A smallish horse with an ungainly stride, Seabiscuit became a public favorite while winning 33 of his 89 career starts and amassing a then-record $437,730 in career prize money. His stirring match race victory over Triple Crown winner War Admiral, on November 1, 1938, was one of the great sporting events of its day and made Seabiscuit a popular hero: according to Laura Hillenbrand‘s 2001 book Seabiscuit, the horse received the most newspaper coverage of any public figure in 1938. Hillenbrand’s book was a huge hit and gave fresh life to the Seabiscuit legend, prompting a 2003 movie starring Tobey Maguire as hard-luck jockey Red Pollard and Jeff Bridges as owner Charles Howard. Seabiscuit was inducted into the Racing Hall of Fame in 1958.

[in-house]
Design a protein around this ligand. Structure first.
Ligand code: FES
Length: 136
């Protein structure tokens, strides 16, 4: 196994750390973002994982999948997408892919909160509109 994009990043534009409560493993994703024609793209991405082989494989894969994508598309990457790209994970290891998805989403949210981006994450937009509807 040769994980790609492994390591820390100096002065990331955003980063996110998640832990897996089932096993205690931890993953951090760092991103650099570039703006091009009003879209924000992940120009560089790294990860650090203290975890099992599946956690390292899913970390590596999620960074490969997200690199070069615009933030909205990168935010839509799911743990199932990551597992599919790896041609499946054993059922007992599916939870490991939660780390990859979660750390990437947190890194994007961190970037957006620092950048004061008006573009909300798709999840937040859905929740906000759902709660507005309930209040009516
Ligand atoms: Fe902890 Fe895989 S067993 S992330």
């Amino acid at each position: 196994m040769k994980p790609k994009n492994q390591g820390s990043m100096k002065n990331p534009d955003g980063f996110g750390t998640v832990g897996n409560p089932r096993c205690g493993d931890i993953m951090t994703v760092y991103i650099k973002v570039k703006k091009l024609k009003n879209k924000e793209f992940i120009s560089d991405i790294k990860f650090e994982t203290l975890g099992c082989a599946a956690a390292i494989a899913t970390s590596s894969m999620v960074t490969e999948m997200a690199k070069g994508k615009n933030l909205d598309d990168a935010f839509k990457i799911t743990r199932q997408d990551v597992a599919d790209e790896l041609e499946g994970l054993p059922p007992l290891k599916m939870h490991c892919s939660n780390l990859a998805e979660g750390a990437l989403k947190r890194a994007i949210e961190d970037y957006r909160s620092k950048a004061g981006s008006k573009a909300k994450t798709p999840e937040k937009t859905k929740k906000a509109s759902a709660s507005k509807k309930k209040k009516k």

Seabiscuit’s grandfather was the legendary thoroughbred Man O’ War… His father was Man O’ War’s son Hard Tack, and his mother was Swing On… The 1949 Shirley Temple film The Story of Seabiscuit was a mostly-fictional tale based on the life of the famous horse.
In watching the movie answer the following questions.
- What evidence can be seen that the country is in an “economic crisis”?
- Why did the country “need” Seabiscuit during this time? What kinds of qualities/traits did Seabiscuit possess that gave the U.S. a reason a fight during this time?
- How were all four (Charles, Red, the trainer, Seabiscuit) better together than separate?